Only a decade ago, the image below could only have been the stuff of Hollywood fiction—if that. Two black males conversing in the White House: One is the President, the other a modern-day tinkerer who may well be on his way to becoming a world-class engineer.
Another surreal detail: The President is holding the tinkerer’s 3D-printed replica of the same edifice they’re standing in. (In the featured image above, he is blowing bubbles through a wand 3D-printed from the same tinkerer’s collection.)
For practically his entire life, 9-year-old Jacob Leggette, a resident of Baltimore, Maryland, has seen a black man in the White House. A participant in the 2016 White House Science Fair, held on 13 April, Leggette’s specialty is experimenting with 3D printers and other types of digital manufacturing technologies. His next goal is to experiment with the 3D printing of artificial organs, which is actually a thing.
It’s that kind of bold thinking that may someday result in a black Nobel-prize-winning scientist.
That pioneer could be one of these young scholars (participants in a previous White House Science Fair):
“As a society, we have to celebrate outstanding work by young people in science at least as much as we do Super Bowl winners,” said President Barack Obama about the White House Science Fair, an event he started in 2010. “Because superstar biologists and engineers and rocket scientists and robot-builders…They’re the folks who are going to come up with cures for diseases and new sources of energy, and help us build healthier, more successful societies.”
Since its inception, the White House Science Fair has invited hundreds of young aspiring scientists and engineers to showcase their ideas and handiwork to the President, and ultimately the world. Of the 39 projects presented this year, six of them (including Leggette’s) were led by a young black boy or girl.
Here are those six projects, and their stories (courtesy of the White House Science Fair 2016 site):
Tinkering with Additive Manufacturing Tools and Techniques
After being introduced to 3D printing, Jacob was hooked and wrote letters to different printer companies, asking if they would donate a 3D printer to him in return for feedback on how easily a then-8-year-old could use their device. His sales pitch worked, and he has been creating toys and games ever since.
Team Designs Robot to Clean Up New York City Subways
A team of young engineers from New York City, Amro Halwah, Tanzania native Stephen Mwingria (center) and Si Ya “Wendy” Ni saw a problem and wanted to do something about it: they and their classmates were often delayed getting to and from school because of rubbish fires in the subway system. So, for their Lemelson-MIT InvenTeam invention, they built a 100-lb robot that moves along subway system rails, vacuuming up debris to make New York City’s transportation system cleaner and more efficient for kids like them who take the subway to school every day.
Georgia Teen’s Award-winning Research on Effects of Low-Dose Radiation On Patient Tissue
Nicole O’Dell, 17, of Stone Mountain, Georgia, won first place at the National Organization of Black Chemists and Chemical Engineers (NOBCChE) National Competition for her research on the effects of low-dose radiation. Nicole’s project evaluated if the growth of patient diagnostic specimens are affected by exposure to low dose X-rays from security scanning machines, which are routinely used when transporting materials between research and diagnostic labs. Nicole hopes to use biotechnology to further the world’s understanding of cellular biology, replication, injury, and cellular healing, and is aiming to reach these career goals by pursuing an MD-PhD in biochemistry.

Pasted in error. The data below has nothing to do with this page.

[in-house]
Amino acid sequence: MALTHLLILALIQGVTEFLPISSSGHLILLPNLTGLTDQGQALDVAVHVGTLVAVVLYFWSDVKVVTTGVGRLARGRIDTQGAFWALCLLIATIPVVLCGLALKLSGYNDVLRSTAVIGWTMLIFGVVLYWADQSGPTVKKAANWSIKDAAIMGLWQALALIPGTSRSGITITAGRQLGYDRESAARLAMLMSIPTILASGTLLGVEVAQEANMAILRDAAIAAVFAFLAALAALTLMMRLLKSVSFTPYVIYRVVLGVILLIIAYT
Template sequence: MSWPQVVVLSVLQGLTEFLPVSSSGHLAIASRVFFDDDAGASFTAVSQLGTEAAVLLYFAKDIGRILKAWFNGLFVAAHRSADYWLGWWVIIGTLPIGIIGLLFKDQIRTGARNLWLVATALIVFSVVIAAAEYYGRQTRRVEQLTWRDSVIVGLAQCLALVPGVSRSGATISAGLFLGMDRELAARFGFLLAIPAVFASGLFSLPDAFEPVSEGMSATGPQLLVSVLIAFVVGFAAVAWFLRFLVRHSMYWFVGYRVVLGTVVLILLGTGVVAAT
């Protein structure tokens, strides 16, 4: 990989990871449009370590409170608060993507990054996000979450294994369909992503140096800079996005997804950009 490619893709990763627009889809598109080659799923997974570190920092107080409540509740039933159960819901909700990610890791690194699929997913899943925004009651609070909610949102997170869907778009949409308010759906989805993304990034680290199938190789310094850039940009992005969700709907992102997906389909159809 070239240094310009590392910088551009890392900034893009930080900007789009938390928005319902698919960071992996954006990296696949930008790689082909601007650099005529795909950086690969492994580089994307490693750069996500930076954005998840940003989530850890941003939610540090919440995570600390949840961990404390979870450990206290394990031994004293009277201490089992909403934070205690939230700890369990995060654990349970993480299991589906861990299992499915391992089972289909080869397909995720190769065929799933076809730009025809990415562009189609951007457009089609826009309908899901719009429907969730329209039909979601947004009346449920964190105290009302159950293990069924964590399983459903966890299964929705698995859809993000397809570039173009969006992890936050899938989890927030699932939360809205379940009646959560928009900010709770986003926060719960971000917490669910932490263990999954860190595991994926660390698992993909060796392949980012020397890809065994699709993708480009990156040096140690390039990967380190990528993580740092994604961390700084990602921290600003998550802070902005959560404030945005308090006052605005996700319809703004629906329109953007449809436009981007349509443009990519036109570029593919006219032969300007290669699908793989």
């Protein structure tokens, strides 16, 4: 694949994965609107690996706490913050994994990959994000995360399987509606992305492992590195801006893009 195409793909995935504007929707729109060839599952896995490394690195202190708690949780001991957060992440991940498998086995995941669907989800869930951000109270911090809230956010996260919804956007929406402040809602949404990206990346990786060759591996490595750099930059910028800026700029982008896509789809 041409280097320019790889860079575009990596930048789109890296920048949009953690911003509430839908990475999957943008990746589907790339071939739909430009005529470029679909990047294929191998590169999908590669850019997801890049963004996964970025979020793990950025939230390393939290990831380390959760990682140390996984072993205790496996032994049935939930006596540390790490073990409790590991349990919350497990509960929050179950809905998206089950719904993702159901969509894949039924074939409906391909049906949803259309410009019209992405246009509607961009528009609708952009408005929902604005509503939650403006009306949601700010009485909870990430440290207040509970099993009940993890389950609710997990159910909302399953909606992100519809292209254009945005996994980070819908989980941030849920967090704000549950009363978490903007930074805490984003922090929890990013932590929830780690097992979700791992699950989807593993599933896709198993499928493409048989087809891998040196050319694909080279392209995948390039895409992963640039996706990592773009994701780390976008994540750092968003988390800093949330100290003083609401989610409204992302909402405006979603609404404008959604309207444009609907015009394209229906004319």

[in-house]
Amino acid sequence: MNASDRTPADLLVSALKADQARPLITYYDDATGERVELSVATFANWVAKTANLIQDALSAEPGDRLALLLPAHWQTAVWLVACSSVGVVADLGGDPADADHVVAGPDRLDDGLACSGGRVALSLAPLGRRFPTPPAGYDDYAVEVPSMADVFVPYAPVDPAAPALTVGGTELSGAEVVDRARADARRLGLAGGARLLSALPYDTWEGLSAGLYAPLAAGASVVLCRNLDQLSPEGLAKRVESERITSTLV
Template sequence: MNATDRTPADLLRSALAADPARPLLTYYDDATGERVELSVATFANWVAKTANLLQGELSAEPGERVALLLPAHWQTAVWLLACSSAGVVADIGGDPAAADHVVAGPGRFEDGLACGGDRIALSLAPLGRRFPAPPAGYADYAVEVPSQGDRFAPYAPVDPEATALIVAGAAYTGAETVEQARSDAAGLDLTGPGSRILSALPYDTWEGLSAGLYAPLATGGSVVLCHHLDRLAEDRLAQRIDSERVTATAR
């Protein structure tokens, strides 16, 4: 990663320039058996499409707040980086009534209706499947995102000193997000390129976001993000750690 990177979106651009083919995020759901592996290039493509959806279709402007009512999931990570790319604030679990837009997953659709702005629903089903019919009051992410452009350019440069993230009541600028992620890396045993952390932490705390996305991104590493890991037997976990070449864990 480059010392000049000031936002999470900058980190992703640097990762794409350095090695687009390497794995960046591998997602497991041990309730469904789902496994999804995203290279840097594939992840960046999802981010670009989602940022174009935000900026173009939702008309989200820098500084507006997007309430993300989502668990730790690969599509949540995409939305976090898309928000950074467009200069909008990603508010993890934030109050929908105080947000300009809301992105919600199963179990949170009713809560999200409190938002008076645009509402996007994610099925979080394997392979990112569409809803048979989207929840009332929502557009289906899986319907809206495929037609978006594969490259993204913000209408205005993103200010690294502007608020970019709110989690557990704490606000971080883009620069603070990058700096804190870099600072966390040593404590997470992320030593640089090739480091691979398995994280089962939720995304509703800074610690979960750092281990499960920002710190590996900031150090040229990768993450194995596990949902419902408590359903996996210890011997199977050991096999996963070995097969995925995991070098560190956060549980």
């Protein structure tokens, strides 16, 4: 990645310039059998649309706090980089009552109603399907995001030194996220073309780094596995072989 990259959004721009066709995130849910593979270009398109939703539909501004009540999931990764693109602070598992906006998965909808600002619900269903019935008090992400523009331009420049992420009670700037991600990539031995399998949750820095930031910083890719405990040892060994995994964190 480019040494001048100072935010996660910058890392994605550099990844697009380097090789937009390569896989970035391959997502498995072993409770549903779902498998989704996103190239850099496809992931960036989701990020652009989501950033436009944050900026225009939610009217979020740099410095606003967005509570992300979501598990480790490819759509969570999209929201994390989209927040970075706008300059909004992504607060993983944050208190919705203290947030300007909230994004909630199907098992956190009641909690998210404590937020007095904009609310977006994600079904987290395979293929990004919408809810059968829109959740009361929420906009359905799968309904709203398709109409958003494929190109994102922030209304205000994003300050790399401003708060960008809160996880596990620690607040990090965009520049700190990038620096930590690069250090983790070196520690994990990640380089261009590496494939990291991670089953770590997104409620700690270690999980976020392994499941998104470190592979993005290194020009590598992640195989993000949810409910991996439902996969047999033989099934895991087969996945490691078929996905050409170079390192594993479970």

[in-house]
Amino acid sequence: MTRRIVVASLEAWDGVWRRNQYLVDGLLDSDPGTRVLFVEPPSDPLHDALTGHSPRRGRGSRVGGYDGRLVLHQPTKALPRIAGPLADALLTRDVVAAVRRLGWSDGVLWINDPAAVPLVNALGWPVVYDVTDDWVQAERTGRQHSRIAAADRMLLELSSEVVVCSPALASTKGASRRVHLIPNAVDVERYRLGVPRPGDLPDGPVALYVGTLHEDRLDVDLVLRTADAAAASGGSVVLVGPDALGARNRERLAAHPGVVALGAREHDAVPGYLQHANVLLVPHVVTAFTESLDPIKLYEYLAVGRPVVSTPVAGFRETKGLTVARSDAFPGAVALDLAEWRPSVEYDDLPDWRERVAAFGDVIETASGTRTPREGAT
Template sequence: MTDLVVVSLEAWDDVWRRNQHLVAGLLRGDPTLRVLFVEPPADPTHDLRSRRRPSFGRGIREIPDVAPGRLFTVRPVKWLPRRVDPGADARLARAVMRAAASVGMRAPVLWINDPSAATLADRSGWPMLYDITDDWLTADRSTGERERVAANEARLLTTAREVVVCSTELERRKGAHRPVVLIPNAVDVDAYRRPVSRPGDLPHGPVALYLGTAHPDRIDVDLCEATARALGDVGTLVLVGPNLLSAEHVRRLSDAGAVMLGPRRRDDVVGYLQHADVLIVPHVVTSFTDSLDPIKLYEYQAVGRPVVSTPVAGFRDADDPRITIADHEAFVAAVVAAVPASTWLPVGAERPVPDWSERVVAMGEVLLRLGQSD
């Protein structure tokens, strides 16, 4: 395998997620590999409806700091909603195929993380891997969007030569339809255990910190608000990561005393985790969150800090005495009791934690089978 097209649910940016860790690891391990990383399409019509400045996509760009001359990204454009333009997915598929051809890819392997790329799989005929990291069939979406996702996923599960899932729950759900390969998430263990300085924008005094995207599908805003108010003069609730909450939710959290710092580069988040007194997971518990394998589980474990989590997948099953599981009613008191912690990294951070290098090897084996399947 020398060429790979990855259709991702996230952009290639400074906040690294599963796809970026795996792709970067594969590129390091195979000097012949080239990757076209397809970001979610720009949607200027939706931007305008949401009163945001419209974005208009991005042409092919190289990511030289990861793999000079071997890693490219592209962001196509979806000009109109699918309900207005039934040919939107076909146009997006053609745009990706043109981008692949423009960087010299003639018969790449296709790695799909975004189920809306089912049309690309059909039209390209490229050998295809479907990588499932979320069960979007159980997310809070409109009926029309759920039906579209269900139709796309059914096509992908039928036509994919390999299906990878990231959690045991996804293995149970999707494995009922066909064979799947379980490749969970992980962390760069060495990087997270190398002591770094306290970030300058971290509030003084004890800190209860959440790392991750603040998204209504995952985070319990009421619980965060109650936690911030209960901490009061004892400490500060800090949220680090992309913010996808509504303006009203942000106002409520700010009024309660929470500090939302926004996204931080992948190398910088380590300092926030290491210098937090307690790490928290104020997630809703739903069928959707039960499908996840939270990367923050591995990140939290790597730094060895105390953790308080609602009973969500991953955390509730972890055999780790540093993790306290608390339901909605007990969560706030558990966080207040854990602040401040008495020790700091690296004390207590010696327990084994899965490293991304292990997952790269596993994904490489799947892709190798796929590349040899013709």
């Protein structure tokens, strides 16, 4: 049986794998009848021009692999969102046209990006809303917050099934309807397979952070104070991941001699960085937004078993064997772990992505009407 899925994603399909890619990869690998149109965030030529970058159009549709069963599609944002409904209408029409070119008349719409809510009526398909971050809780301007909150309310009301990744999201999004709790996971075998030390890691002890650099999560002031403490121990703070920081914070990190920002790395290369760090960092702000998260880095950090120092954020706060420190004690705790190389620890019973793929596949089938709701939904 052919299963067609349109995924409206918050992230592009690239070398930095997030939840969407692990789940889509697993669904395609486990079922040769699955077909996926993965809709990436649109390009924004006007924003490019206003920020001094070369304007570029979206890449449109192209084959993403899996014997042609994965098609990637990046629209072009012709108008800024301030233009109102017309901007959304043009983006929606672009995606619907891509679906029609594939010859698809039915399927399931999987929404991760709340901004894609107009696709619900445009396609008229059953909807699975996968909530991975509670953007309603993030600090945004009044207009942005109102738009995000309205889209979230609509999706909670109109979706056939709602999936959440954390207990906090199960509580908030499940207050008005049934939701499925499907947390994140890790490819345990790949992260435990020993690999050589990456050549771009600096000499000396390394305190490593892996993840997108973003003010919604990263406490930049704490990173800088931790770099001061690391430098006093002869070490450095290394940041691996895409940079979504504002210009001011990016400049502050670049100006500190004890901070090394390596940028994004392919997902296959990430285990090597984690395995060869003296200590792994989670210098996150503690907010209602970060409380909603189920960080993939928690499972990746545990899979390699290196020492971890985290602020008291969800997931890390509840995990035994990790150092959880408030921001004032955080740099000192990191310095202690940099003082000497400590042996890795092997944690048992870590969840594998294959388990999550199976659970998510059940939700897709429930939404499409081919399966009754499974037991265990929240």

Trip to Solar Sprint Nationals is the First Flight for All-Girl Maryland Team
The first-place team in the Maryland Army Education Outreach Program (AEOP) Junior Solar Sprint competition, from Windsor Valley Boys & Girls club in Harford County, Maryland, is comprised of Kylah Cain-Ward, 13, Destani Cularri, 11, Adriana Pusey, 13, and Jordan West, 12, of Edgewood, MD. They designed, built and raced a solar-powered vehicle. The team was so focused on testing designs, data collection, gear ratios, and time trials that they hadn’t even thought about the winning the competition, but that’s exactly what they did in the state-wide solar car race.
Young Inventor Designs 3D Printed Solution to Pesky Problem
Bothered by an everyday annoyance—tangled headphone cords—Shemar Coombs, 19, of Philadelphia, Pennsylvania, used computer-aided design (CAD) software and a 3D printer to invent a cellphone case with a specially-designed channel along its edge that allows headphones to be easily wrapped and secured, while remaining tangle-free. The teenage entrepreneur took the invention all the way to the Network for Teaching Entrepreneurship National Challenge.
This Teen–who has been accepted to all 8 Ivy League schools–is Putting an End to Oil Leaks
Augusta Uwamanzu-Nna, 17, of Elmont, New York, was named a finalist in the 2016 Intel Science Talent Search for adding a nanoclay ingredient called attapulgite to cement slurries to improve the undersea cement seals that keep offshore oil wells from leaking. She found that adding nanoclay at just 0.3 percent of the total volume of the mixture markedly improved the mixture’s properties. Augusta’s initial interest in cement stemmed from her learning that production of cement accounts for 7% of human-made carbon emissions.